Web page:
Professional speculators with billions in bearish trades on the line endured a rough ride after Tuesday’s report on US consumer prices brought the latest sign that the Federal Reserve is making progress in its battle against inflation.
Hedge funds that had amassed the biggest short position against Treasuries since March 2020 were caught off-guard when data showing prices rose at the slowest pace in more than a year sparked a rally across the curve. The two-year rate sank more than 15 basis points.
Funds that kept equity exposure at historically low levels or outright bet against the market with short positions fared slightly better, though not without some drama. The S&P 500 spiked nearly 3% in the report’s aftermath before giving back most of the gains as attention turned to Wednesday’s Fed rate decision.
“Investors have been reluctant up until today’s US CPI release to abandon short positions in rates, this might change now that we have had two consecutive months of significant negative surprises in US core CPI,” said JPMorgan Chase & Co. strategist Nikolaos Panigirtzoglou.
The extreme positioning threatens to undo gains for funds that have ridden the inflation trade all year should the Fed turn less hawkish after its final meeting of the year.
Fast-money quants known as Commodity Trading Advisors were still sitting on underweight Treasuries at historically high levels, the latest data from Wall Street banks showed. Including Tuesday’s sharp move in yields, CTAs could be forced to buy $21 billion of government bond futures this week, according to an estimate from Scott Rubner, Goldman Sachs Group Inc.’s managing director.
Should bonds continue to rally, that could lead to up to $177 billion of purchases over the next month, his model tracking various markets suggests.
Fast-money quants, winners in a market laid low by rampant price pressures, are among those investors with much at stake in any brewing market regime shift. Tuesday’s losses follow their worst month in this year with the Societe Generale CTA Index heading for its worst two months since 2018.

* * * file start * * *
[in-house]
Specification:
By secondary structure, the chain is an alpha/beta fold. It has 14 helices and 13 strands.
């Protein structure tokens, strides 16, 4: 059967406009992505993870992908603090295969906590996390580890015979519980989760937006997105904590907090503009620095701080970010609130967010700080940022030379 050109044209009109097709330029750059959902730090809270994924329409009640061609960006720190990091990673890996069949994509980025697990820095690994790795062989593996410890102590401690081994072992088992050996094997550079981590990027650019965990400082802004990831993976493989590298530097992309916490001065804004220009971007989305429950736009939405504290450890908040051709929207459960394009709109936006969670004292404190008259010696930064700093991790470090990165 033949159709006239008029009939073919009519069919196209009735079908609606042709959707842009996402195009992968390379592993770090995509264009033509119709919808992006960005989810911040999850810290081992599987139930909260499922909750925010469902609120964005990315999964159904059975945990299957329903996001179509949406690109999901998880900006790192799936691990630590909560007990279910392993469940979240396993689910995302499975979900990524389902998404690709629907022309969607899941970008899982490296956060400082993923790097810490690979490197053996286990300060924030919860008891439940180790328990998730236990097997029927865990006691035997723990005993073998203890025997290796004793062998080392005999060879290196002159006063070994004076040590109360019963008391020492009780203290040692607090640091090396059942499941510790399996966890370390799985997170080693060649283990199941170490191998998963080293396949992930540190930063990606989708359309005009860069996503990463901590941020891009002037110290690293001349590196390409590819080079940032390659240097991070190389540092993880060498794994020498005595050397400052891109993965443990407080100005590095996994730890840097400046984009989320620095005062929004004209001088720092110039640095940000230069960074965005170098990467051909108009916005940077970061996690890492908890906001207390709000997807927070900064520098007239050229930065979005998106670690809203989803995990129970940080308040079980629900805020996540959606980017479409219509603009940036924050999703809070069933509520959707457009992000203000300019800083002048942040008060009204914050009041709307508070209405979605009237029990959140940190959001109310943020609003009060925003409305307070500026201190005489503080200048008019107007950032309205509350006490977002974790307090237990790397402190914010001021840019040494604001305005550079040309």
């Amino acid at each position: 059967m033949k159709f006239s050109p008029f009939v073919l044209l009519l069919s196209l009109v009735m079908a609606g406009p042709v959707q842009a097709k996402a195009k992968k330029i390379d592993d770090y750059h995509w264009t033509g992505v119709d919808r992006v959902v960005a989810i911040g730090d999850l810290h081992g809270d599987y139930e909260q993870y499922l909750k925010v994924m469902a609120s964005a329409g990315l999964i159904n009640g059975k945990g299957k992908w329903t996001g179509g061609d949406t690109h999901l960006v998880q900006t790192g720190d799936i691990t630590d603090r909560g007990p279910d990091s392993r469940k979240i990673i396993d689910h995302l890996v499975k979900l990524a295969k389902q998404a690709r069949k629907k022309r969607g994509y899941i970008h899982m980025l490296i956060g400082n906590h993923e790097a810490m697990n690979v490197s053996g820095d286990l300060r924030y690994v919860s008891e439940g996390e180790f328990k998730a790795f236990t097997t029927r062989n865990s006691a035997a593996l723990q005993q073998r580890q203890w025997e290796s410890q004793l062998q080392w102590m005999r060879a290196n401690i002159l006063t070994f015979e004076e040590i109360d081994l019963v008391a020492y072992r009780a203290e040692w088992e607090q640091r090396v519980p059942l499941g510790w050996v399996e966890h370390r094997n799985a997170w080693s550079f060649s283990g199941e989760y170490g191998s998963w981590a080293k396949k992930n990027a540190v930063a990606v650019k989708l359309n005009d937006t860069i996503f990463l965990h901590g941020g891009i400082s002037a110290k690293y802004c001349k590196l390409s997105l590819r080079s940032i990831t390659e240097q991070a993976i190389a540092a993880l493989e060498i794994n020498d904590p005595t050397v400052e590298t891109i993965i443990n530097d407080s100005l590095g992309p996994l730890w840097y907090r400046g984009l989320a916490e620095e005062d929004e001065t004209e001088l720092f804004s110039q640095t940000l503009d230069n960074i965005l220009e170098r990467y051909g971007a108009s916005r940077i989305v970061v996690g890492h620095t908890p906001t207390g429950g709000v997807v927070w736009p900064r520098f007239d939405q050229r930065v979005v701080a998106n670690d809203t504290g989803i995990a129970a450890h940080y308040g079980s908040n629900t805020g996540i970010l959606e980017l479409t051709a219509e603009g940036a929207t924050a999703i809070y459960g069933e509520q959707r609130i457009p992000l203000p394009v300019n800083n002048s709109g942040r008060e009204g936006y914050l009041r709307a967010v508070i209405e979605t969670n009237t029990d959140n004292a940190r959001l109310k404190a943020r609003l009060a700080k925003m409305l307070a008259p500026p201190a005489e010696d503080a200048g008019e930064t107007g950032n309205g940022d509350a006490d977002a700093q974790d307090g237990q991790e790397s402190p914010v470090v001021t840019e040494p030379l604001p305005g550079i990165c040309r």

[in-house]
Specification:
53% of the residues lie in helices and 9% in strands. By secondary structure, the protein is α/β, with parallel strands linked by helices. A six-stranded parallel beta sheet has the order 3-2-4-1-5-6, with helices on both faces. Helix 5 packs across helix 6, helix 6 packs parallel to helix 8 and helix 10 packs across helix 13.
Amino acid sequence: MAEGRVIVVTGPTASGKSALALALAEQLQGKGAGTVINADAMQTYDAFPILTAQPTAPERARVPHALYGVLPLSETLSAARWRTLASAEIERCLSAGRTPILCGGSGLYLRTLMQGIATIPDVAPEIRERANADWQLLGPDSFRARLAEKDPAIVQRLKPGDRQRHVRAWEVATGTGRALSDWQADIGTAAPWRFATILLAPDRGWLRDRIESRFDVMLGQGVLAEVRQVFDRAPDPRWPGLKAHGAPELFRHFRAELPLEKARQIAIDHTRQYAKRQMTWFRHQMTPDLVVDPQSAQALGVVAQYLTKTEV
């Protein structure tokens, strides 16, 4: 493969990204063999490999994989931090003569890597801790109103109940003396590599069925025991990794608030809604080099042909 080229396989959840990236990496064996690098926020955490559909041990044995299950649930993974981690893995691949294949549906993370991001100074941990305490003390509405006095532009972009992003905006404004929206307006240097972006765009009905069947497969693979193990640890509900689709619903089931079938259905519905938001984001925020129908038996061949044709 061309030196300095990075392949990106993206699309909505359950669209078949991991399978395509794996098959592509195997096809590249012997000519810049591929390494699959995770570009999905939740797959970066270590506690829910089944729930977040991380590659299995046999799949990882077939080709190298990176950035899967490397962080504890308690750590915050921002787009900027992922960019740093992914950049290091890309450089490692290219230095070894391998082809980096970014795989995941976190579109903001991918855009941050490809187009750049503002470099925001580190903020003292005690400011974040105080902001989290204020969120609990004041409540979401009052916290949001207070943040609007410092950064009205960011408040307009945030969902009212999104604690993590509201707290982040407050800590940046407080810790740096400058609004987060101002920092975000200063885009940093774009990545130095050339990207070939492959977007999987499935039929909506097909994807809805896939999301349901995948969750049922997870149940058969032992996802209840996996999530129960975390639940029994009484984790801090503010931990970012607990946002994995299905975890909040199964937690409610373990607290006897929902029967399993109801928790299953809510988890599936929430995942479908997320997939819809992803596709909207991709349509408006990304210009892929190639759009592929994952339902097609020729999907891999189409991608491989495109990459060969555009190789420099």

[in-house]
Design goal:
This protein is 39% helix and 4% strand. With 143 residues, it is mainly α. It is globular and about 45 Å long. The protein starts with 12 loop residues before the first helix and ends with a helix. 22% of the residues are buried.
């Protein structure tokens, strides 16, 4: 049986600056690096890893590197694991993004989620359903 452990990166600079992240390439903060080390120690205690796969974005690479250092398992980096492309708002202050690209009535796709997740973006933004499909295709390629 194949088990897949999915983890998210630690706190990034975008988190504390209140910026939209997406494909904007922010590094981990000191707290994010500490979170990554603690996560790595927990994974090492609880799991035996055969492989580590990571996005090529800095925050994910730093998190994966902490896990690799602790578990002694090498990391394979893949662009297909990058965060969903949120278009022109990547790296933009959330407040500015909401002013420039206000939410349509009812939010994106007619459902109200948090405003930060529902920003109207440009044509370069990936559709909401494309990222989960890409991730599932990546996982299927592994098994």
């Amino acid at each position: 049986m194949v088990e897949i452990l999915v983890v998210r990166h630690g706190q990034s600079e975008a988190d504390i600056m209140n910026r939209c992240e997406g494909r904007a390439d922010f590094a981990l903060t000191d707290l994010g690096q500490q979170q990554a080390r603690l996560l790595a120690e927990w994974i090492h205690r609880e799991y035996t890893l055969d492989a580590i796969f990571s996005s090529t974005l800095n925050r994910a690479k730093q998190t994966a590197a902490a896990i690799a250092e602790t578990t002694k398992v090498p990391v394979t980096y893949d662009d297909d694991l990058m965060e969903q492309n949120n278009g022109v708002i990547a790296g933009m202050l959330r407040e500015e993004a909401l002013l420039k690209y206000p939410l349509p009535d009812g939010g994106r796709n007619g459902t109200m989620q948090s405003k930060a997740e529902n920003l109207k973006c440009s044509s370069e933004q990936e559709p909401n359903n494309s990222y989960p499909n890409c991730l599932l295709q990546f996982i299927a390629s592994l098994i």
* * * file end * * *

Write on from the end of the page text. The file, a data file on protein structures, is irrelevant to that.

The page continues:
“Given the recent positive momentum in bonds the CTAs should be cutting their shorts,” said Parag Thatte, a strategist at Deutsche Bank. Risk-parity funds that follow cues from falling volatility may soon join them, he said.
Leveraged traders dominated by hedge funds have been betting that aggressive rate policy wouldn’t slay inflation anytime soon. They’d amassed a $90 billion short bet on two- and five-year Treasuries alone, according to JPMorgan.
The picture was less clear in the stock market, where the question is whether the Tuesday advance puts material pressure on investors who have broadly slashed equity exposure. One way to chase gains is via options. Trading in bullish calls increased Monday heading into the CPI release, prompting market makers on the other side of the transactions to short stocks and maintain a market neutral position.
“Overall market positioning is light, so I think you had investors afraid of missing a rally,” said Danny Kirsch, head of options at Piper Sandler & Co. “So with all the call buying, and the light CPI print, perhaps you have dealers short calls, forced to cover on move up, adding a bit of fuel to the move higher.”
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